Jeffries, AC & Johnson, AM 1996, 'The growing importance of the plastid-like DNA of the Apicomplexa', International Journal for Parasitology, vol. 26, no. 11, pp. 1139-1150.View/Download from: Publisher's site
Organisms in the phylum Apicomplexa possess, in addition to their mitochondrial genome, an extrachromosomal DNA that possesses significant similarities with the extrachromosomal genomes of plastids. To date, the majority of data on these plastid-like DNAs have been obtained from the human malarial organism, Plasmodium falciparum. In common with plastid DNAs, the plastid-like DNA of P. falciparum possesses genes for DNA-dependent RNA polymerase subunits β and β' and for organellar-like large- and small-subunit ribosomal RNAs. Both the polymerase subunit and ribosomal RNA gene sequences share a number of features with those from plastid DNAs. In addition, the ribosomal RNA genes are organised in an inverted repeat arrangement, reminiscent of plastid DNAs. Additional molecular features shared between the 2 genomes are discussed. Plastid-like DNAs have also been identified in other Plasmodium species as well as Toxoplasma gondii, Eimeria tenella, Babesia bovis and a number of Sarcocystis species. A cryptic organelle often observed in apicomplexans has been proposed as the organelle that harbours the plastid-like DNAs, but conclusive evidence for this has not yet been obtained. Although approximately 1/4 of the plastid-like DNA of P. falciparum has been sequenced to date, no function has yet been ascribed to this DNA or its putative organelle. Phylogenetic inferences based on sequence data from this DNA have indicated an evolutionary origin from photosynthetic organisms, but the true provenance of the plastid-like DNAs remains to be determined. Because of the specific nature of the plastid-like DNAs, they may prove useful as effective targets for chemotherapeutics.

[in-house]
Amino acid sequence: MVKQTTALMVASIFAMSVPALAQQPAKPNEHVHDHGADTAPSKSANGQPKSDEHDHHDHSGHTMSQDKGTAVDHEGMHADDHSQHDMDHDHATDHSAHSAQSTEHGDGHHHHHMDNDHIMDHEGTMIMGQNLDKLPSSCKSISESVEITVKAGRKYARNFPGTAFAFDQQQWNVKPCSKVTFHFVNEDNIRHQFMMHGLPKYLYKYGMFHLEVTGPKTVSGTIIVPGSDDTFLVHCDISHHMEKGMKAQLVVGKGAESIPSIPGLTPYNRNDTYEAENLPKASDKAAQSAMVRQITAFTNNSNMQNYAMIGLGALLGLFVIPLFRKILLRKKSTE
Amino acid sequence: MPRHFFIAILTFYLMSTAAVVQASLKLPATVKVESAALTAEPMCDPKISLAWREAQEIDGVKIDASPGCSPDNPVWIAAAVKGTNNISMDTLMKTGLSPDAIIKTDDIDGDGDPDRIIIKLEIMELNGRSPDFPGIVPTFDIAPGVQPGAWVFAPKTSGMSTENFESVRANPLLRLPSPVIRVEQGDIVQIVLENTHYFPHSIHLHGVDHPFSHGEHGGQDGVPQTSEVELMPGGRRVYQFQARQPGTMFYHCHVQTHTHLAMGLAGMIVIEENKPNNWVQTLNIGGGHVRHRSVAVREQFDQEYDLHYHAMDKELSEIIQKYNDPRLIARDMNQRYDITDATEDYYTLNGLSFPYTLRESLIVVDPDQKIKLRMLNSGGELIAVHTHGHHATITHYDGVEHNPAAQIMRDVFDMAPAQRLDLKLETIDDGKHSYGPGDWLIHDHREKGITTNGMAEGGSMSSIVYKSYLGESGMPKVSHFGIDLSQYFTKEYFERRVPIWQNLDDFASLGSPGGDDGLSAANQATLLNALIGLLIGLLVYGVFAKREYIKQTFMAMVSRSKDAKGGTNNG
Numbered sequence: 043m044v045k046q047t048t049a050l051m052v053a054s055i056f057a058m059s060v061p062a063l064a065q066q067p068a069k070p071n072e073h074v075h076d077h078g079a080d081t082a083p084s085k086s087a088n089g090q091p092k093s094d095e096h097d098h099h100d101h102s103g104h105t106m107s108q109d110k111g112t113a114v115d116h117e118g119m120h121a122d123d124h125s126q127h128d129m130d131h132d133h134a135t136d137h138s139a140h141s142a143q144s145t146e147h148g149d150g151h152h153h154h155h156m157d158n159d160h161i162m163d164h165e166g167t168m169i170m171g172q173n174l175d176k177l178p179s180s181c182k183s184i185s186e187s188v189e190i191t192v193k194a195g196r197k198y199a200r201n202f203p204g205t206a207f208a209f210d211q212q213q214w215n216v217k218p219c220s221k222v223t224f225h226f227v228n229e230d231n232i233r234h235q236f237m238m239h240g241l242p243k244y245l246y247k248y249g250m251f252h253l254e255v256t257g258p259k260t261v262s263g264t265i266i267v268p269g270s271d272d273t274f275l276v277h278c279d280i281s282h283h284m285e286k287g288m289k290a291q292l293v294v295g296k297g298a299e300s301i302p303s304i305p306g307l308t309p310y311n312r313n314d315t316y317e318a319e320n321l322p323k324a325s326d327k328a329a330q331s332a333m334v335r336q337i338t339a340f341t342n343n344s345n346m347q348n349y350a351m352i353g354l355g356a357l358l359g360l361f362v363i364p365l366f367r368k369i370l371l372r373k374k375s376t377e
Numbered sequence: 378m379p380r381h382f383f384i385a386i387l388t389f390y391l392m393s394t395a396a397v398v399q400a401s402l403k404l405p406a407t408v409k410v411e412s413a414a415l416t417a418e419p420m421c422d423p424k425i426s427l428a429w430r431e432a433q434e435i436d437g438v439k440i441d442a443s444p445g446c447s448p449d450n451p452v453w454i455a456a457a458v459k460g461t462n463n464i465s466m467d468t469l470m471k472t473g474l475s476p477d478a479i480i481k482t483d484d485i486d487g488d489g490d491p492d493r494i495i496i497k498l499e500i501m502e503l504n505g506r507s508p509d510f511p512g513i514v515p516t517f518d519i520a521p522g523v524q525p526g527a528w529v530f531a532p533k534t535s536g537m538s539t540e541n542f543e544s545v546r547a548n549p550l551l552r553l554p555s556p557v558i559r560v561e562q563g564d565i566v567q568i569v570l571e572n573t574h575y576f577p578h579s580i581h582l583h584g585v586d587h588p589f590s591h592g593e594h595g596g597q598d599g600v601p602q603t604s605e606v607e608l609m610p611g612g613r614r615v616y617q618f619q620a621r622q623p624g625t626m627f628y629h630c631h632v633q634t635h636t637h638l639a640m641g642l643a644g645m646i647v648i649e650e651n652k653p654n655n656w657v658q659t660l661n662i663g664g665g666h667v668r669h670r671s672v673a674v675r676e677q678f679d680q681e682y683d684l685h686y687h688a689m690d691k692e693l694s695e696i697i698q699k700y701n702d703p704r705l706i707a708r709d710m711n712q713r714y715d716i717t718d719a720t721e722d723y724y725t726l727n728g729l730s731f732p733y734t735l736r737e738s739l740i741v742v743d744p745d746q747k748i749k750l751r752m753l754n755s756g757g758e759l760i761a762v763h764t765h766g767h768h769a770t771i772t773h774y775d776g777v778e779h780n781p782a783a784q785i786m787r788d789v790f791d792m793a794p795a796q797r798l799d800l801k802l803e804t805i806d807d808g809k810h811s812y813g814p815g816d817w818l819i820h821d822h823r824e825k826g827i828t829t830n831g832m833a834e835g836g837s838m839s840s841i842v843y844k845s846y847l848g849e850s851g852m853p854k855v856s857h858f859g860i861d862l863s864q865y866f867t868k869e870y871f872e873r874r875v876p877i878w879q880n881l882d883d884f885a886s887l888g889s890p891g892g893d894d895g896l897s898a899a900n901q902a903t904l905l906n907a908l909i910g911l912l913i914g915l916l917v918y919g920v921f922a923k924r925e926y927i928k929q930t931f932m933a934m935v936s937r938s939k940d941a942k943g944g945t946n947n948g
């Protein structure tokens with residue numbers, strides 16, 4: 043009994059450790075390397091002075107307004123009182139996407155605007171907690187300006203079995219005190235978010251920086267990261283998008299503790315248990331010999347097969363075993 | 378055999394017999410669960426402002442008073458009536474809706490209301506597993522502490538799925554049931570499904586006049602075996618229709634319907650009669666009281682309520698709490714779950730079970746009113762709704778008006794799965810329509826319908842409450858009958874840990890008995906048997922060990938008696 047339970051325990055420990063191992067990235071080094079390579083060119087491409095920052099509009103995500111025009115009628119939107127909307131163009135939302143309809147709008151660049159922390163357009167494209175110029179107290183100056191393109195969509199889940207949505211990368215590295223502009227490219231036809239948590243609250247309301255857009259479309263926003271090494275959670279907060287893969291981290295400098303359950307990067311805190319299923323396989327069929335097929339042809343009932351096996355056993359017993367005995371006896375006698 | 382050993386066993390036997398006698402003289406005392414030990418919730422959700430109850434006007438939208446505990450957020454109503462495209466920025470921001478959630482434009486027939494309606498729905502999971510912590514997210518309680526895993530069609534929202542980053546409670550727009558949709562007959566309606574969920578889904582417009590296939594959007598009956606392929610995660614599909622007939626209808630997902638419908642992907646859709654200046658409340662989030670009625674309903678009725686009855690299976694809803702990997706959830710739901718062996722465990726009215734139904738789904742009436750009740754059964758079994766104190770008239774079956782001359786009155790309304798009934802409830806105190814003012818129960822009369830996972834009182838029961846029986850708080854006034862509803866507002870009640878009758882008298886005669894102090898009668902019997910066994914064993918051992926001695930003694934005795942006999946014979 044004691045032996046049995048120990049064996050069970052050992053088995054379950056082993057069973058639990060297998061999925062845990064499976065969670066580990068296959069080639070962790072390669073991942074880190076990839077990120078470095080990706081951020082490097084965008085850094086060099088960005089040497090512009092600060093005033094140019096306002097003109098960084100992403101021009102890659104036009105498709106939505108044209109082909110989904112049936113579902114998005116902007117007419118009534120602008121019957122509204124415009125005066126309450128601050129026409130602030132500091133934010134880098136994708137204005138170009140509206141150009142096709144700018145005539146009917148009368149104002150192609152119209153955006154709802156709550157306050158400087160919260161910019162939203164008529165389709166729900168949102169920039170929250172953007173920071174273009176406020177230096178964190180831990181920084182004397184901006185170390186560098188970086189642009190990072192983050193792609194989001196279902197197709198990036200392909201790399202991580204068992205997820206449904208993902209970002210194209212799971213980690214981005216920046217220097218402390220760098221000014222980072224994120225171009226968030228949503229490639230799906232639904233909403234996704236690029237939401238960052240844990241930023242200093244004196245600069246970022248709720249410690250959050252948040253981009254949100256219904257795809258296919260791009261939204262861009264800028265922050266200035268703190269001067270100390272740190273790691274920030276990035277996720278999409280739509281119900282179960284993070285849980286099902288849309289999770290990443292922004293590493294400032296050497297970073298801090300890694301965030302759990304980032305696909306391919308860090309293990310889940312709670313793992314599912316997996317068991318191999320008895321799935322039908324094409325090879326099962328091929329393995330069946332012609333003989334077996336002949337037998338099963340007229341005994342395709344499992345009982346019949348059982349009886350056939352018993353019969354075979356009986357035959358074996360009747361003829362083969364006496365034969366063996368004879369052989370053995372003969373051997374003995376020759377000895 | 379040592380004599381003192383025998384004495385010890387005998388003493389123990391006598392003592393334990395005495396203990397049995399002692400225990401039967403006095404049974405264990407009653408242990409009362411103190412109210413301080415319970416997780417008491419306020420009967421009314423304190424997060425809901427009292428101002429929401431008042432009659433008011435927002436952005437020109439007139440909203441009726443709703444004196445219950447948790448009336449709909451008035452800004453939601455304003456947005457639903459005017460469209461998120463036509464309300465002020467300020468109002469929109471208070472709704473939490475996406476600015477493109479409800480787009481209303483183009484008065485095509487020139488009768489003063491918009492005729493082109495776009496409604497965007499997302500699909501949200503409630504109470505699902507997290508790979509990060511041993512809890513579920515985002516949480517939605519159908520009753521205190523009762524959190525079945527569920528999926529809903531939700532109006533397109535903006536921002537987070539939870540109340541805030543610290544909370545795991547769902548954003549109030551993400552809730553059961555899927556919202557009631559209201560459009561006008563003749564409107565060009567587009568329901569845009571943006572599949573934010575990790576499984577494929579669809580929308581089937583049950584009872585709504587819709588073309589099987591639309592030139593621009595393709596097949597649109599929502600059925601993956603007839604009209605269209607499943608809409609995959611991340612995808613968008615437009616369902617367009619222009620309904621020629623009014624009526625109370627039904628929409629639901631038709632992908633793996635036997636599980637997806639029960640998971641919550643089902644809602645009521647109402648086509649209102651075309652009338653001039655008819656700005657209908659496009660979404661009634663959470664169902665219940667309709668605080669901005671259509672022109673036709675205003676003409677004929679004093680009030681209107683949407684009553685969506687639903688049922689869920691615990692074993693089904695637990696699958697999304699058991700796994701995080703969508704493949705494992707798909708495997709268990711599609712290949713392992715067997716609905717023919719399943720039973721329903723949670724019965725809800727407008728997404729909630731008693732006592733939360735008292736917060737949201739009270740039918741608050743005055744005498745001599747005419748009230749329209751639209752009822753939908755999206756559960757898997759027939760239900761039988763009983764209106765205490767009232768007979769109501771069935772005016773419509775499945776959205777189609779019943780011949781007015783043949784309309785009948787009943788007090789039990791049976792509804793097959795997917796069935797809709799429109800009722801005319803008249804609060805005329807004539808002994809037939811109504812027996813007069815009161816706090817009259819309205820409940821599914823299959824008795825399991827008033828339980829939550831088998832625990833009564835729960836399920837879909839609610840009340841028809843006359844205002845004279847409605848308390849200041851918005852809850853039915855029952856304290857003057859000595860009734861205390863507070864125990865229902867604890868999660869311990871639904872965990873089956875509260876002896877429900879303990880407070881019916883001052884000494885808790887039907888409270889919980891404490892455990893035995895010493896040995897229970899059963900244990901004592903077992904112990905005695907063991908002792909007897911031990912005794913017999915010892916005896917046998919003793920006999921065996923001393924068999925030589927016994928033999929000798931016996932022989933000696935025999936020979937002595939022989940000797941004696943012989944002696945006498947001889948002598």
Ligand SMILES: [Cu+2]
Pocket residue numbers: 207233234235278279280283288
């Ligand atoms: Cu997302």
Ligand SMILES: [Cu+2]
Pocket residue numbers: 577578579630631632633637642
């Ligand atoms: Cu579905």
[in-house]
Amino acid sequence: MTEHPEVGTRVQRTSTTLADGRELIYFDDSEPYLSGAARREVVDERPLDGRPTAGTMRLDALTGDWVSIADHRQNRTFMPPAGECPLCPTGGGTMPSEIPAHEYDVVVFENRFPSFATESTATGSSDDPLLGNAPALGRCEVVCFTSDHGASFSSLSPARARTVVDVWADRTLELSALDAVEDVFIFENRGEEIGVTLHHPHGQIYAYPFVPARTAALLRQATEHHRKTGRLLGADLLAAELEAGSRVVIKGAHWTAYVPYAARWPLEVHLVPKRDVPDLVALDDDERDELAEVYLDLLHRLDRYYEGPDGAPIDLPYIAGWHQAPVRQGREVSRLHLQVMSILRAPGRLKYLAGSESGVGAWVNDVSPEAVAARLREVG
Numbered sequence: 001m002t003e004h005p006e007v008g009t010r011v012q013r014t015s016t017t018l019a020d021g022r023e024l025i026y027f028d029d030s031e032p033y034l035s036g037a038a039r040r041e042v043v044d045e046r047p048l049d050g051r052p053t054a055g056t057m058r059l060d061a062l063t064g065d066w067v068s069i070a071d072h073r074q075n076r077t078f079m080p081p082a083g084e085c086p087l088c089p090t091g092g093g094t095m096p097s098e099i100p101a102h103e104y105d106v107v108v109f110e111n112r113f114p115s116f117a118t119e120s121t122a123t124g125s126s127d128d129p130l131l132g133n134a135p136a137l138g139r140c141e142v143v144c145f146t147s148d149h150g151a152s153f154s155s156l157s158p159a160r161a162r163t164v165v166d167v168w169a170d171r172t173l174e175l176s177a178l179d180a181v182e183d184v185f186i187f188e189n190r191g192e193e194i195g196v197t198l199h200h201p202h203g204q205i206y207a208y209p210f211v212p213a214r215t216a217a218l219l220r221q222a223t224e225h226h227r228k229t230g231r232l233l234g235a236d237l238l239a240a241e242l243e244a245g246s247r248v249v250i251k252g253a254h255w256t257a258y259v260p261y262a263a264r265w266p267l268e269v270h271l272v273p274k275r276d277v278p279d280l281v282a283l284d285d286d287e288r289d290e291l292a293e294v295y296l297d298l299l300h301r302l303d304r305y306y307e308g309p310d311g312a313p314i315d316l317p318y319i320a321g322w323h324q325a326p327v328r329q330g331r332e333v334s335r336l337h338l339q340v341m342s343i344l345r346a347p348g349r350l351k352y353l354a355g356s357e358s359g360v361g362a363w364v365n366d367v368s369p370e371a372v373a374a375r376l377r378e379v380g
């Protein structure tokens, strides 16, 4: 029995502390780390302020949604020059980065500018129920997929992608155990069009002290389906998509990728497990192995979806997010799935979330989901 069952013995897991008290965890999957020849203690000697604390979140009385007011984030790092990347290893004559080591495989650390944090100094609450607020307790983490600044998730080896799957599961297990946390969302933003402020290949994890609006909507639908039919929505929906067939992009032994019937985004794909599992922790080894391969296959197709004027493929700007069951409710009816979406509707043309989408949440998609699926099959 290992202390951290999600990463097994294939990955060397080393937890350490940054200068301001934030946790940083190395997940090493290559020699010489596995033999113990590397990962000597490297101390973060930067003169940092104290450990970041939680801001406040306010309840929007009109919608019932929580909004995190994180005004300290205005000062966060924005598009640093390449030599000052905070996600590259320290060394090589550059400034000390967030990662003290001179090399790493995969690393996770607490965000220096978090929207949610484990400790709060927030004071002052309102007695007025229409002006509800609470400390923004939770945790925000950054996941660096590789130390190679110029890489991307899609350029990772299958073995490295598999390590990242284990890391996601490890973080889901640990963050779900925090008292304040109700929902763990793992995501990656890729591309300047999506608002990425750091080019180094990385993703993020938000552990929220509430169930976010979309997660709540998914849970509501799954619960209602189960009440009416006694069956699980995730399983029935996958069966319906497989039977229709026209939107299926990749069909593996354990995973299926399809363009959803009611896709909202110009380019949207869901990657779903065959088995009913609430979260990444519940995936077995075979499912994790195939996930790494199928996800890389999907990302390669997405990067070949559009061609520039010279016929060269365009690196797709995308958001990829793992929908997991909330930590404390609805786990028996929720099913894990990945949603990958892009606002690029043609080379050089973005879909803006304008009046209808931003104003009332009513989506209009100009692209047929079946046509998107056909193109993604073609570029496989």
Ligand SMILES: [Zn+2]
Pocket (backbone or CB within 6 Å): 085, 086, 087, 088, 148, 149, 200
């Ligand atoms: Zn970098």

Jeffries, AC, Amaro, N, Tenter, AM & Johnson, AM 1996, 'Genetic diversity in Sarcocystis gigantea assessed by RFLP analysis of the ITS1 region.', Applied parasitology, vol. 37, no. 4, pp. 275-283.
The genetic diversity among Sarcocystis gigantea isolates derived from individual cysts within a given infected animal at two abattoirs in Australia and one abattoir in Germany was studied using Restriction Fragment Length Polymorphism (RFLP) analysis of the intergenic transcribed spacer region 1 (ITS 1) of the ribosomal RNA gene operon. S. gigantea isolates were obtained from infected sheep from Blayney (New South Wales), Katanning (Western Australia), and Detmold (North-Rhine Westfalia, Germany) in order to assess the level of diversity among isolates from different geographic locations. Polymerase chain reaction amplification and RFLP analysis of the ITSI region with the restriction enzymes HaeIII, NlaIII, and Sau3AI found no genetic variation among the isolates within one animal or among animals in the same or different locations. To our knowledge, such a field study has not yet been performed on a species in the genus Sarcocystis.